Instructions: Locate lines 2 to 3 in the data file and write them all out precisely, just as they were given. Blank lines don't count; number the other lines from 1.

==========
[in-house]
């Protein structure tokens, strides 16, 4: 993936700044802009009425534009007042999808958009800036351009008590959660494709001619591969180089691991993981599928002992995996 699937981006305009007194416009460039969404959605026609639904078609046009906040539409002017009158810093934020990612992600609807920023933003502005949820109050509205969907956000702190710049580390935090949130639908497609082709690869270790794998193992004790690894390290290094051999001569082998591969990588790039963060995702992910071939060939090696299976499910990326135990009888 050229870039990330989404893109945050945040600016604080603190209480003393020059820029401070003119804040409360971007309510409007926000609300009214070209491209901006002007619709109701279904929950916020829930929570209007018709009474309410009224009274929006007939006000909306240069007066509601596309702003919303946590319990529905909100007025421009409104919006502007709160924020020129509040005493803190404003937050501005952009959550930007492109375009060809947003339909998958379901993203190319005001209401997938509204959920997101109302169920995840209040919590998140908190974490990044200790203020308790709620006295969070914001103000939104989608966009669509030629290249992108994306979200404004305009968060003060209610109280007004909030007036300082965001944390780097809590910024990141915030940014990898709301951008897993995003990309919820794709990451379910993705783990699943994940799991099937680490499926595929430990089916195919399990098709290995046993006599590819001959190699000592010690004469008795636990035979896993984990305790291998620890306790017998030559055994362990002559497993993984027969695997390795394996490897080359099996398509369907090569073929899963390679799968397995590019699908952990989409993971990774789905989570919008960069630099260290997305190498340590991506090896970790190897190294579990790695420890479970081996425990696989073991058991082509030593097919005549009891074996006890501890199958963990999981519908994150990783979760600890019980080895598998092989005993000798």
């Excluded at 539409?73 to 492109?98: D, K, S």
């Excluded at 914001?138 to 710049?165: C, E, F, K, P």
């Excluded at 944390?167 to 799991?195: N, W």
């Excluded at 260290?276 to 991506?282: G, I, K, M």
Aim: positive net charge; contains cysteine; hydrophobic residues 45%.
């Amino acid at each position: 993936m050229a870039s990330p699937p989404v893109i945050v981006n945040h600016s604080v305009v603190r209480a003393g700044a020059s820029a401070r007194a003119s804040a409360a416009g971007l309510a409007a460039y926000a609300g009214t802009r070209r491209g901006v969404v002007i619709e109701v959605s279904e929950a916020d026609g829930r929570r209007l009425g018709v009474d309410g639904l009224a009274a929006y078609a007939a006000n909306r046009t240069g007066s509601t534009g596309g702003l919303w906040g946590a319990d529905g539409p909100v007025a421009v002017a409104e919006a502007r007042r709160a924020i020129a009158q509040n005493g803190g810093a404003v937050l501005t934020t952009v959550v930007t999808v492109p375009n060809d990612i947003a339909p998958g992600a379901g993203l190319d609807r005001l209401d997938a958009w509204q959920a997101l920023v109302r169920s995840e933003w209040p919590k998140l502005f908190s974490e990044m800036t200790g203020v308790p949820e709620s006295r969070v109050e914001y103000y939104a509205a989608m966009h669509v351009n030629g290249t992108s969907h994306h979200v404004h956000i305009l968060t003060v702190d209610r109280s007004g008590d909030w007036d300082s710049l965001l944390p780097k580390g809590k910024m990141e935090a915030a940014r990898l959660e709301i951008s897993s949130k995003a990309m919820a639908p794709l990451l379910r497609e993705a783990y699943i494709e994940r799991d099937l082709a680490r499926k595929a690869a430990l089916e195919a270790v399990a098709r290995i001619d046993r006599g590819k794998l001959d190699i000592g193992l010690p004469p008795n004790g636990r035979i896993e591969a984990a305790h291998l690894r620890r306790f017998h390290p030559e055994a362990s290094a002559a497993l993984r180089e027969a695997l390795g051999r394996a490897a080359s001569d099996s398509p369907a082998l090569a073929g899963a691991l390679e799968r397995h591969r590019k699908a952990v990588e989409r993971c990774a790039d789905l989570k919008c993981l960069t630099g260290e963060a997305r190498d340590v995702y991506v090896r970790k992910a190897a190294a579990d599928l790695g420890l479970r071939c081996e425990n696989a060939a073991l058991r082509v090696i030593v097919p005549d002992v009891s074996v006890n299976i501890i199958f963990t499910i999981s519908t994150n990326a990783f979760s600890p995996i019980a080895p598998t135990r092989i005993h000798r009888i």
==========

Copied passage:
């Protein structure tokens, strides 16, 4: 993936700044802009009425534009007042999808958009800036351009008590959660494709001619591969180089691991993981599928002992995996 699937981006305009007194416009460039969404959605026609639904078609046009906040539409002017009158810093934020990612992600609807920023933003502005949820109050509205969907956000702190710049580390935090949130639908497609082709690869270790794998193992004790690894390290290094051999001569082998591969990588790039963060995702992910071939060939090696299976499910990326135990009888 050229870039990330989404893109945050945040600016604080603190209480003393020059820029401070003119804040409360971007309510409007926000609300009214070209491209901006002007619709109701279904929950916020829930929570209007018709009474309410009224009274929006007939006000909306240069007066509601596309702003919303946590319990529905909100007025421009409104919006502007709160924020020129509040005493803190404003937050501005952009959550930007492109375009060809947003339909998958379901993203190319005001209401997938509204959920997101109302169920995840209040919590998140908190974490990044200790203020308790709620006295969070914001103000939104989608966009669509030629290249992108994306979200404004305009968060003060209610109280007004909030007036300082965001944390780097809590910024990141915030940014990898709301951008897993995003990309919820794709990451379910993705783990699943994940799991099937680490499926595929430990089916195919399990098709290995046993006599590819001959190699000592010690004469008795636990035979896993984990305790291998620890306790017998030559055994362990002559497993993984027969695997390795394996490897080359099996398509369907090569073929899963390679799968397995590019699908952990989409993971990774789905989570919008960069630099260290997305190498340590991506090896970790190897190294579990790695420890479970081996425990696989073991058991082509030593097919005549009891074996006890501890199958963990999981519908994150990783979760600890019980080895598998092989005993000798």
């Excluded at 539409?73 to 492109?98: D, K, S």